Miami Vice: Season 4 - Review
Review by Jack Foley
THE sheen was starting to come off Miami Vice by the time it reached its fourth season, which proved a decidedly hit-and-miss affair.
For starters, the show’s keen sense of style began to look a little wayward as Don Johnson’s Sonny Crockett was now sporting longer hair and Philip Michael Thomas’s Ricardo Tubbs grew a beard.
Season 4 was also notable for being the one that Crockett got a wife – but even that choice proved awkward given that she was played by singer Sheena Easton (in a none too convincing style).
Several of the episodes were also below par in comparison to the show’s previous high standards, including Trudy’s entirely forgettable encounter with a UFO in Missing Hours, Tubbs’ run-in with TV evangelists in Amen… Send Money and Izzy’s encounter with some cattle and Cuban Communists in The Cows Of October.
However, the season did deliver some memorable episodes and when it stuck to the hard-hitting format of days gone by, it remained one of the best shows on television in its era.
Season opener Contempt Of Court, for instance, featured a memorable opponent for Crockett and Tubbs in the form of Frank Mosca, played with relish by the ever-excellent Stanley Tucci. The same actor would reprise his role later in the series for the equally compelling Blood & Roses.
Strong, too, was another trip into the ultra dark side in Death & The Lady, which found Crockett becoming obsessed with solving a possible snuff movie. It featured another noteable guest appearance from CSI star Paul Guilfoyle.
And stand-alone episodes such as Baseballs Of Death, Badge Of Dishonour and Child’s Play also delivered the usual satisfying mix of tough storylines and stylish action.
The second half of the season, however, was largely taken up with Crockett’s marriage – some of which appeared downright cringe-worthy.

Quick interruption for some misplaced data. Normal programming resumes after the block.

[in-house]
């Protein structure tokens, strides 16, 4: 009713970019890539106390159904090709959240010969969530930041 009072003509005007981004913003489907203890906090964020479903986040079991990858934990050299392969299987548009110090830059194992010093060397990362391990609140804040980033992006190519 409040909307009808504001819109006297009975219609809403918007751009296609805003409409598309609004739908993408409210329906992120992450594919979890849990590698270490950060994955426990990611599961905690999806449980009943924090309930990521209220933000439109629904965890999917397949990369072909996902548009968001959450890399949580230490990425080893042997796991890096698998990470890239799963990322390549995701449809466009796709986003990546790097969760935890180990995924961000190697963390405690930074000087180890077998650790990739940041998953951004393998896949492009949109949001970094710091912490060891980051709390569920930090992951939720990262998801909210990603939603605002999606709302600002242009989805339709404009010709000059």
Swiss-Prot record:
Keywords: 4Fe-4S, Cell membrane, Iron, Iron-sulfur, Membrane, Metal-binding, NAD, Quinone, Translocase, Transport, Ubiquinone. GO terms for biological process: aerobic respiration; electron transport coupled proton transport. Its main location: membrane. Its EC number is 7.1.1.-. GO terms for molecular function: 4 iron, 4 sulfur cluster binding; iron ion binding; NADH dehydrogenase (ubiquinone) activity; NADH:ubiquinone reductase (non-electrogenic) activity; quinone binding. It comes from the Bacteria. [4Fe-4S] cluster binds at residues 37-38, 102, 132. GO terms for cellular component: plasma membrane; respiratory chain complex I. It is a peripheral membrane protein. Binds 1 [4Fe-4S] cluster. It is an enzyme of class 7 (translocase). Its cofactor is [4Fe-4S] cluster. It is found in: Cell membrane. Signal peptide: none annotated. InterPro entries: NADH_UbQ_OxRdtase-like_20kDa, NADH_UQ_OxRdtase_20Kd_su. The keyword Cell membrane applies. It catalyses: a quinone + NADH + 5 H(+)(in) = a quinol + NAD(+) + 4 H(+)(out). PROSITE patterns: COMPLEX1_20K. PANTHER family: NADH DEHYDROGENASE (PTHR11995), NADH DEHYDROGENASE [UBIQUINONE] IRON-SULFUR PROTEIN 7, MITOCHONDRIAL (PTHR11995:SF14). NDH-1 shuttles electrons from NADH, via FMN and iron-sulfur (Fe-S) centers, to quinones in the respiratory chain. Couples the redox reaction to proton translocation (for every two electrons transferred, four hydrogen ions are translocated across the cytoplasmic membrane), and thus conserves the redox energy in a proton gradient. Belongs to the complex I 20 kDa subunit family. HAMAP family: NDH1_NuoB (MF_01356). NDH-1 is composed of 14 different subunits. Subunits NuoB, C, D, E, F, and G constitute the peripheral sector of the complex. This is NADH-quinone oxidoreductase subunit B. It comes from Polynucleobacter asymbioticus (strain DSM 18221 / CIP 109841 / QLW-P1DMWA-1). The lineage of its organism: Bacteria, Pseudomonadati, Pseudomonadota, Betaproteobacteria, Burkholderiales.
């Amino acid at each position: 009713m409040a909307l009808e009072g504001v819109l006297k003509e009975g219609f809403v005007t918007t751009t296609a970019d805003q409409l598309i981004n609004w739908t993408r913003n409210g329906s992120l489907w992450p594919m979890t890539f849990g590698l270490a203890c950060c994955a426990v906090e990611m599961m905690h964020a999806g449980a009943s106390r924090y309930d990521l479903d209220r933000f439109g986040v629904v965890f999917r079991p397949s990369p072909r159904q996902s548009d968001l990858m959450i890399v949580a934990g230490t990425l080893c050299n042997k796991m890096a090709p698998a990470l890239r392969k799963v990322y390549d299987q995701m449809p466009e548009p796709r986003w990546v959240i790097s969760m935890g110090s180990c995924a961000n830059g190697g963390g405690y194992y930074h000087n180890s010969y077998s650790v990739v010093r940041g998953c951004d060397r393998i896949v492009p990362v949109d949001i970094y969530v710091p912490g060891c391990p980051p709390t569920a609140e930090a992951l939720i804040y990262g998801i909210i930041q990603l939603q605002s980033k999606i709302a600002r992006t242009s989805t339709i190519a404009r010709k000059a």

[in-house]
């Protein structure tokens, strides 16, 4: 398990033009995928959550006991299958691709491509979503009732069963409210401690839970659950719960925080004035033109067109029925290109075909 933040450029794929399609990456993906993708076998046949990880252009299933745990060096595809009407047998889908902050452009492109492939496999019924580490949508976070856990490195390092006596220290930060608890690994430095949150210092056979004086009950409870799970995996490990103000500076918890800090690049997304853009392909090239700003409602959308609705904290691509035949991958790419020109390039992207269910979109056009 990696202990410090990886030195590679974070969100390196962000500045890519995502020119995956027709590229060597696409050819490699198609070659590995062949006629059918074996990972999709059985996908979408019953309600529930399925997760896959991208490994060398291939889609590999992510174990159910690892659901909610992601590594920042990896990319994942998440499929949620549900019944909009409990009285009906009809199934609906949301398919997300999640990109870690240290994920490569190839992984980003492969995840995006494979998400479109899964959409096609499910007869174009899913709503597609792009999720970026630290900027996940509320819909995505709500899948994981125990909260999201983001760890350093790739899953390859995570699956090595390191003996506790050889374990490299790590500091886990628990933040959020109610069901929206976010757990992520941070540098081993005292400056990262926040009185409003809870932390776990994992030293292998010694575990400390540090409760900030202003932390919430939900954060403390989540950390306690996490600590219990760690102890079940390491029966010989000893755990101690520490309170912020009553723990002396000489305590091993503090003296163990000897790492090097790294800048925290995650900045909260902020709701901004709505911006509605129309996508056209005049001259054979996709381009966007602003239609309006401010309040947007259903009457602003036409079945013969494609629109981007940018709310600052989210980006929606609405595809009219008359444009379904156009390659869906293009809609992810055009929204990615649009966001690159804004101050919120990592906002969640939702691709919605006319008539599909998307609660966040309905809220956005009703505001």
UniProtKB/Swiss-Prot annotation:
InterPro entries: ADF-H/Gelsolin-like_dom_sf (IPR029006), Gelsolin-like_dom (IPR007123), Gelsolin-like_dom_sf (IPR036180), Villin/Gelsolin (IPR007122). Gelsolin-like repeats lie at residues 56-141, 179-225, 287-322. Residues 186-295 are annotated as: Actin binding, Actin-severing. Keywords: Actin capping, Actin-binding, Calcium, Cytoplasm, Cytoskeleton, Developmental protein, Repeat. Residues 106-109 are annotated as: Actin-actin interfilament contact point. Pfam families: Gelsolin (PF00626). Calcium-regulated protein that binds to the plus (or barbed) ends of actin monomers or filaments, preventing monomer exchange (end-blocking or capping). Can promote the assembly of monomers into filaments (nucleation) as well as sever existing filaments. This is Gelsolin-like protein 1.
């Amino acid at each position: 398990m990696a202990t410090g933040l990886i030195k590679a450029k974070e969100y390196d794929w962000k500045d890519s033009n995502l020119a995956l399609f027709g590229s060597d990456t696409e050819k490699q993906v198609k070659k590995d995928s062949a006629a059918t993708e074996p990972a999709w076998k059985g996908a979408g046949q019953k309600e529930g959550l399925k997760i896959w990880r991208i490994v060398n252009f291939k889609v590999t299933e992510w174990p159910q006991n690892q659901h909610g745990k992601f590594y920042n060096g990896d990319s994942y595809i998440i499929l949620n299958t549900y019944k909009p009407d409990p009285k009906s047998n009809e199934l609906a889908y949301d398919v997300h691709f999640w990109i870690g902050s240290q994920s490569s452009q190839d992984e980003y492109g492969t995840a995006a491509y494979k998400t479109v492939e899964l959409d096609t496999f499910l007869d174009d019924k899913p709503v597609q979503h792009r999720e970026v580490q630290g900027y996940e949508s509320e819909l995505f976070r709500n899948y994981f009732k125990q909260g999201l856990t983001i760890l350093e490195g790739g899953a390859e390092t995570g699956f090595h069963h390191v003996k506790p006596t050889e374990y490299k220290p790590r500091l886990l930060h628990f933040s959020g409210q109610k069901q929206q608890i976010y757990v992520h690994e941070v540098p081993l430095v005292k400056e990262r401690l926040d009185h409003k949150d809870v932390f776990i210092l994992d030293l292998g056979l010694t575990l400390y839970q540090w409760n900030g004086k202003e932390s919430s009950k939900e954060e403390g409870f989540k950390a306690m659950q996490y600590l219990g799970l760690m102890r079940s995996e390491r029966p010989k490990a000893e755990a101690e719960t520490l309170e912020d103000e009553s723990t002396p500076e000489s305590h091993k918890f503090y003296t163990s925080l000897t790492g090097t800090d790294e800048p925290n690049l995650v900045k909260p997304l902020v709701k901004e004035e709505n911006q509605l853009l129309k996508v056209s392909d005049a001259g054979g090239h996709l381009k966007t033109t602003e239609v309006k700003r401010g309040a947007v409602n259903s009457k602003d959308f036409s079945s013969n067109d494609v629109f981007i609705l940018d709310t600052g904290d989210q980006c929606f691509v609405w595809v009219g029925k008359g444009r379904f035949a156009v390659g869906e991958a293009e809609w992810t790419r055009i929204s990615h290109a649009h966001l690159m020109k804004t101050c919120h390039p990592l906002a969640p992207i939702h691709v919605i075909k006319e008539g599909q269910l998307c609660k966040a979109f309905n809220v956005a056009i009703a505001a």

The opening episode of the marriage story arc, Love At First Sight, was largely forgettable, while Crockett’s attempts to mix his undercover work with his wife’s celebrity often struck a duff note (such as Rock & A Hard Place).
But the resolution of Crockett’s marriage did lay the foundations for a memorable season finale and, arguably, one of the best Miami Vice episodes of all time – namely, Deliver Us From Evil.
The episode in question saw the return of one of Crockett’s oldest enemies (Buy Boyd’s ruthless Frank Hackman) and ensured plenty of torment for the lead character, which Don Johnson chronicled extremely well (especially during the shocking closing minutes) when he finally gained his revenge.
Come the final episode, Mirror Image, in which the still suffering Crockett almost perishes in a boating explosion only to recover and believe himself to be his alter-ego, Sonny Burnett, the show looked set to go into an intriguing new direction.
Mirror Image even boasted several eye-opening guests, including Antonio Fargas (old Huggy Bear himself), Chris Cooper and, most notably, Julia Roberts (in a very youthful appearance).
Sadly, however, the sense that the show was running out of steam was confirmed when the next season became its last. For die-hard fans, however, Season 4 had enough highlights to be worth owning.